Stricken South Korean ship towed into Spanish port
The operation began Wednesday to tow a stricken South Korean cargo ship into the northern Spanish port of Bilbao, days after it was prevented from crashing into France's picturesque Atlantic coast.
The Modern Express was carrying diggers and 3,600 tonnes of timber from Gabon in west Africa to the port of Le Havre in Normandy, France when it ran into difficulties in late January.
The ship, registered in Panama, has been under tow by the Spanish tugboat the Centaurus since Monday.
By late Tuesday it was some 10 nautical miles (18.5 kilometres) from Bilbao, according to Spanish authorities, who decided to delay the operation to bring it into port until daylight Wednesday.
"We began manoeuvres around 9:30 am (0830 GMT)," a port spokesman told AFP, adding that they would take at least a few hours.
The ship's crew sent a distress signal on January 27 after the vessel listed strongly to one side, probably due to its cargo coming loose in the hull.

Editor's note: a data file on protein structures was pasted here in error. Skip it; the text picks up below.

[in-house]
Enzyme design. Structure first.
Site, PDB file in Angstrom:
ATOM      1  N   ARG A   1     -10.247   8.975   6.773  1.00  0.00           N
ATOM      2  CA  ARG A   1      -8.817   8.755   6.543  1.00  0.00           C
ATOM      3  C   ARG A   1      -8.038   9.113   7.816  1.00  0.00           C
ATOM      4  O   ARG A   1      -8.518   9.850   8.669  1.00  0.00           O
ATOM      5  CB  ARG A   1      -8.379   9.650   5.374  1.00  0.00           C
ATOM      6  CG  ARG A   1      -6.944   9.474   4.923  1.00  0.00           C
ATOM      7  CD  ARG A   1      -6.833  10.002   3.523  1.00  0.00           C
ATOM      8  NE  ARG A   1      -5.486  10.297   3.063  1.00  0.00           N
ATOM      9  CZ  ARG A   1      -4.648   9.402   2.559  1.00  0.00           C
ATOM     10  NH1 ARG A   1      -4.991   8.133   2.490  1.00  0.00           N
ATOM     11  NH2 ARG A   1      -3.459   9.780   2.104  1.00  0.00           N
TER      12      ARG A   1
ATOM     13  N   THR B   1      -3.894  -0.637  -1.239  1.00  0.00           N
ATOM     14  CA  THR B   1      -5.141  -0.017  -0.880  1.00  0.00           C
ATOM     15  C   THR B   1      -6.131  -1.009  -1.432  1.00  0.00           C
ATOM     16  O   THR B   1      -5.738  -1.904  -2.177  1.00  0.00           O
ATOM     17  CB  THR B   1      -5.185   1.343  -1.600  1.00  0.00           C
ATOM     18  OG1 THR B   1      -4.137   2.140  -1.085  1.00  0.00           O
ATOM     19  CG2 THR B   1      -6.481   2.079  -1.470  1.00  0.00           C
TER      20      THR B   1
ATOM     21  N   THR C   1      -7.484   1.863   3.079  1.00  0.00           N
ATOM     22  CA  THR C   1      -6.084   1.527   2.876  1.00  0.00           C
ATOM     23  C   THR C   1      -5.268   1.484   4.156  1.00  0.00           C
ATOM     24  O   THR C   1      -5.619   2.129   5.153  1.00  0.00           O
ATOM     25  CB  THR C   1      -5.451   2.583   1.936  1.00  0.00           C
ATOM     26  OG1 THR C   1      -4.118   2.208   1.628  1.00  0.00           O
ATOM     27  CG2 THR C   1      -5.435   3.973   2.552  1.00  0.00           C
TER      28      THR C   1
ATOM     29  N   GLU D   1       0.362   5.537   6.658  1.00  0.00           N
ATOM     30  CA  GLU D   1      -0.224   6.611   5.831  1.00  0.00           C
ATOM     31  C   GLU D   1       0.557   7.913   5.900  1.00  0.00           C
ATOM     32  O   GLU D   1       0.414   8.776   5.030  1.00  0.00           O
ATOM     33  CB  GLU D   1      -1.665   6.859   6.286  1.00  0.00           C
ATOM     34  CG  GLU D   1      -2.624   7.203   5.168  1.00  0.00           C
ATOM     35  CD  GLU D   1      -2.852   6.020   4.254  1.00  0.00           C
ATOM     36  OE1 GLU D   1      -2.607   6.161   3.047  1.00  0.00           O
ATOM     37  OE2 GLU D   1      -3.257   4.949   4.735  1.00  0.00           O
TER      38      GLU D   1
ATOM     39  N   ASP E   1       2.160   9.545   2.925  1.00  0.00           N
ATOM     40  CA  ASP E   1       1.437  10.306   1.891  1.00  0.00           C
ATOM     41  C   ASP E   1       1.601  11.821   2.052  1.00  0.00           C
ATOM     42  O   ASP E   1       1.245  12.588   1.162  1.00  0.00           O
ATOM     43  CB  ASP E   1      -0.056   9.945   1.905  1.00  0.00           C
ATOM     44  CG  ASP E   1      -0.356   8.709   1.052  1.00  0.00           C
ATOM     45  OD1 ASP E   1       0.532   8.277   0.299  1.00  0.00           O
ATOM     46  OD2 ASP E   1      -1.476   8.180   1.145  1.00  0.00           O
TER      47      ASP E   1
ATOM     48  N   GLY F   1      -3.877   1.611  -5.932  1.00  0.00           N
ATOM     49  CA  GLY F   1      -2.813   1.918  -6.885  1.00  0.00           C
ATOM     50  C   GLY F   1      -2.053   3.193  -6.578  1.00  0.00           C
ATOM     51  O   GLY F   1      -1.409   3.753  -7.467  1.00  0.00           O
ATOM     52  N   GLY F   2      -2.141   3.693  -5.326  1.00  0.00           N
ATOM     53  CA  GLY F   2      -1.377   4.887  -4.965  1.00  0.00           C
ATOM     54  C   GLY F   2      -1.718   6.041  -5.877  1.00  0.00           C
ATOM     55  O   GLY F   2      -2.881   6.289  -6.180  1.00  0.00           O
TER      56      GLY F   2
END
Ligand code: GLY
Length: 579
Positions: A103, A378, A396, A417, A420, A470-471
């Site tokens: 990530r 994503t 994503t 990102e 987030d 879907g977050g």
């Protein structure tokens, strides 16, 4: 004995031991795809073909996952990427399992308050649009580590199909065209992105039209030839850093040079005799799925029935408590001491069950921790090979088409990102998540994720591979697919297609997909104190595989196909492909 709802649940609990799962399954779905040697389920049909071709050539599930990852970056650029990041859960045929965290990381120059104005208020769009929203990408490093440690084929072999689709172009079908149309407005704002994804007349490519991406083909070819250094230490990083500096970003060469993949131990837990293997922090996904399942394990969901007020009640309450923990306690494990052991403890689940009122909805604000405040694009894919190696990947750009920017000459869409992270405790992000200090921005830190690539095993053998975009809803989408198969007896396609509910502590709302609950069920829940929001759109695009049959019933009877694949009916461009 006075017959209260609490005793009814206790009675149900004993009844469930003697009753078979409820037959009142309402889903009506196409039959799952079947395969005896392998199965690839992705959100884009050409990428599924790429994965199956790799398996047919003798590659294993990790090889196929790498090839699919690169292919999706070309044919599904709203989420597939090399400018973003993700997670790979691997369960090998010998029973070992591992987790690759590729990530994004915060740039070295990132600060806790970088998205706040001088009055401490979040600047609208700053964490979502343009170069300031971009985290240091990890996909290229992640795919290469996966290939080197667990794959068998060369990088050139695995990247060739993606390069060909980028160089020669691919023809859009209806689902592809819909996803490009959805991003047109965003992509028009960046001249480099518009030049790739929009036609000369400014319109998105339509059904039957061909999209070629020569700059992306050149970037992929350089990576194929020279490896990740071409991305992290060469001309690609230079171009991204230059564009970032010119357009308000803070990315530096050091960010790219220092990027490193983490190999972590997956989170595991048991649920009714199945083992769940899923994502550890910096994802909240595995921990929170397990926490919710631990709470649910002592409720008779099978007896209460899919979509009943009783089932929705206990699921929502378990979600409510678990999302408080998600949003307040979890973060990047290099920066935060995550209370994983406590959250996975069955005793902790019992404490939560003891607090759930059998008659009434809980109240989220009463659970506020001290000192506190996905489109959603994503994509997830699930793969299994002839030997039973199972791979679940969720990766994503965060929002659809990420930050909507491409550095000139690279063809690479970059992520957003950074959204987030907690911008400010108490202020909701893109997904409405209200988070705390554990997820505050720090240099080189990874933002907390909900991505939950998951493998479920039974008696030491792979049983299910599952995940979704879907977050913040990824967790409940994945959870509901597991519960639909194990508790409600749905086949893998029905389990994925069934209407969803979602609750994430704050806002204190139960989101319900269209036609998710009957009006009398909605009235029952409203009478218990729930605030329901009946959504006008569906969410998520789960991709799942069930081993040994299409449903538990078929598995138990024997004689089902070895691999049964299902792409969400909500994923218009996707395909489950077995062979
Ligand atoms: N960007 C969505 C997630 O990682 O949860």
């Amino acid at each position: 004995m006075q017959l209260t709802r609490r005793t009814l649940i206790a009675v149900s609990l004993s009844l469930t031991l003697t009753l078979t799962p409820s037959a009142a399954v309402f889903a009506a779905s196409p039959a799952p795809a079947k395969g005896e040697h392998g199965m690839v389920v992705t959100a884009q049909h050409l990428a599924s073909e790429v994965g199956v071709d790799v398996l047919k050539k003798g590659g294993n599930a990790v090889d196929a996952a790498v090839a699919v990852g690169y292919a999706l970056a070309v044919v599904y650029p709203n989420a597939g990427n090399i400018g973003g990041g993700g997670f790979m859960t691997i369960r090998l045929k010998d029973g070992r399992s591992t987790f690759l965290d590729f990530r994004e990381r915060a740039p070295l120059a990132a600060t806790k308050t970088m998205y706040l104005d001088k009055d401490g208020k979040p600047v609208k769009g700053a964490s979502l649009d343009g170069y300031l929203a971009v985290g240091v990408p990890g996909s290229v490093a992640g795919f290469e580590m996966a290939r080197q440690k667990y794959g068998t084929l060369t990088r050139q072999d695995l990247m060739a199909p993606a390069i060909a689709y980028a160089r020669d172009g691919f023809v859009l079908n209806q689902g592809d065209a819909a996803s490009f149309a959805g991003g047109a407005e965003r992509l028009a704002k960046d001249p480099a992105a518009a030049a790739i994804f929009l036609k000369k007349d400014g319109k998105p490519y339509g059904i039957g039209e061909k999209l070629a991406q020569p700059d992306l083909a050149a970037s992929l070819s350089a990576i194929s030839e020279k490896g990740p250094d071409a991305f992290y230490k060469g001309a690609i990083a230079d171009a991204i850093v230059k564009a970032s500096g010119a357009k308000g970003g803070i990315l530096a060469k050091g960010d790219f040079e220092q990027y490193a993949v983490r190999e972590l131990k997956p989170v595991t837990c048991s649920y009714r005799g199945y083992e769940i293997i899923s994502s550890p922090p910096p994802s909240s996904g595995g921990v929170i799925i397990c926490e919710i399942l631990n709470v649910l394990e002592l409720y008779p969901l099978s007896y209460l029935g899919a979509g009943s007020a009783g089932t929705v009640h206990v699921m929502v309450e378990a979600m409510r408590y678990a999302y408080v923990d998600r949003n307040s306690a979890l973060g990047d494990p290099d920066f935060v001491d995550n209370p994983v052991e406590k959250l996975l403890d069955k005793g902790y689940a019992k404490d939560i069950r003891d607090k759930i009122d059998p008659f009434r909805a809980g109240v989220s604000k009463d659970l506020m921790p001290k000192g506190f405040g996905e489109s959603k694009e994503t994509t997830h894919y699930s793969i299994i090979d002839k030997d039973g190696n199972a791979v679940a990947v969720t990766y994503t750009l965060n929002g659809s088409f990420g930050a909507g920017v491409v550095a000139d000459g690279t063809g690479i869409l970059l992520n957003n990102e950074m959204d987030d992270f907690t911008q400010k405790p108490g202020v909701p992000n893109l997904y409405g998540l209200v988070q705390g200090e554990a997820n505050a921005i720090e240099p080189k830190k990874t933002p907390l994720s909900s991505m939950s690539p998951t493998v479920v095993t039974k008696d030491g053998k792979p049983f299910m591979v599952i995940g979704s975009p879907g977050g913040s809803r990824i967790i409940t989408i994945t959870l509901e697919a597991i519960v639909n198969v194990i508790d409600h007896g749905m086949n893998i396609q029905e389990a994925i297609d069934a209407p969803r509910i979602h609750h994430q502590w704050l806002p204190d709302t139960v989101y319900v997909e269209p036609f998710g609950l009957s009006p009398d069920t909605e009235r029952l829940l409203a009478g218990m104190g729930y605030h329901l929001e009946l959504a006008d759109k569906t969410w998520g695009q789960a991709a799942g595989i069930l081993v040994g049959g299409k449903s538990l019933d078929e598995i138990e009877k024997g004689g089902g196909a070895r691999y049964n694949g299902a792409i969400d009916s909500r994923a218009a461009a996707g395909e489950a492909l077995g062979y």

After seven days drifting in rough seas, it was only 44 kilometres (27 miles) from the French coast when authorities launched a final bid to attach a tow line and stop it from hitting the shore.
Experts from Dutch company SMIT Salvage, which specialises in helping ships in distress, were lowered by helicopter onto the vessel as it tilted at 40 to 50 degrees while buffeted by large waves.
The 22 crew were evacuated by helicopter as they clung to the ship.
The Bilbao operation is the biggest ever organised by the port, one of the biggest on Spain's Atlantic coast which handled some 31 million tonnes of freight in 2014.
© 2016 AFP